JPMorgan Chase & Co. was sued for fraud, self-dealing and mismanagement of trust accounts established for an Indianapolis church endowed by the descendants of drug company founder Eli Lilly.
The Christ Church Cathedral sued JPMorgan in Indianapolis federal court Wednesday, claiming it selected unsuitable and poorly-performing investments to further its own financial interests. The Episcopal church founded in 1837 accused the world’s fourth-biggest bank by asset value of breaching state and federal securities laws.
The bank “caused the church trusts to lose approximately $13 million in value as a result of JPMorgan’s decisions to purchase over 177 different investment products, mostly from itself, using church funds,” between July 2004 and December 2013, the plaintiffs said in the complaint.
The congregation seeks unspecified compensatory and punitive damages. The lawsuit comes five days after a Bloomberg News report that the Securities and Exchange Commission is reviewing whether conflicts of interest led JPMorgan to sell certain investment products to individual clients, according to a person briefed on the matter.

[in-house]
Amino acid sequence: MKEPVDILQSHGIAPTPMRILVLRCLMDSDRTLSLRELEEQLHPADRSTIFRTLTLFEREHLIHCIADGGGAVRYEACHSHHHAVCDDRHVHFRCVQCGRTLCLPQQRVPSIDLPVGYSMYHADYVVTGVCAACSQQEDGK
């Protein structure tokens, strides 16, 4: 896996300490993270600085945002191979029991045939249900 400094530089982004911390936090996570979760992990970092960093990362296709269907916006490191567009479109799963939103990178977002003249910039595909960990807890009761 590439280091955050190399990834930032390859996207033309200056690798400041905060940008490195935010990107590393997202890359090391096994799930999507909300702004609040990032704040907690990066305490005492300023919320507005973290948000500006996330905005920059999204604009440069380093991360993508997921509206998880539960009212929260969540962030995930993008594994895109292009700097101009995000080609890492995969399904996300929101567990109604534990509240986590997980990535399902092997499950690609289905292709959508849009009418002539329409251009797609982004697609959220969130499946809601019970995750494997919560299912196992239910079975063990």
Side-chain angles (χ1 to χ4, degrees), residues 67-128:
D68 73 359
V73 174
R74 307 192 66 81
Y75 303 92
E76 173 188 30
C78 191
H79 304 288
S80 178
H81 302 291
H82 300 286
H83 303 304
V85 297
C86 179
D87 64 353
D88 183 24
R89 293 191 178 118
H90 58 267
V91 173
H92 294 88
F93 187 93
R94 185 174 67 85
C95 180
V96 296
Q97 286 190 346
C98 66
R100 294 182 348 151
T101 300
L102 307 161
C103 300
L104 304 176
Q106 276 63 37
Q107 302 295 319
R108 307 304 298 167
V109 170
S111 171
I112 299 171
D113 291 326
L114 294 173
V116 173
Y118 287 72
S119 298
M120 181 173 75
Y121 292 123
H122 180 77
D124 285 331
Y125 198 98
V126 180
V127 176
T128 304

Banks can capture a greater portion of fees by having clients invest in their own products. The Christ Church Cathedral alleged JPMorgan employed a “guided architecture” platform through which it selected products based on their profitability to the bank.
Kristen Chambers, a spokeswoman for the New York-based bank, declined to immediately comment on the church lawsuit.
JPMorgan put between 68 percent and 85 percent of the church’s assets into its own products, including private equity funds, structured notes and hedge funds, according to the complaint.
Christ Church claims JPMorgan made more money on some of the financial products it bought for the church, even as the trusts bore all of the risk. During one seven-year stretch ending in 2013, according to the complaint, the trusts, which were worth as much as $39.2 million, declined to $31.6 million, according to the filing.
At the same time, JPMorgan’s holdings increased by $1.4 trillion and its net revenue more than doubled, the church claimed.
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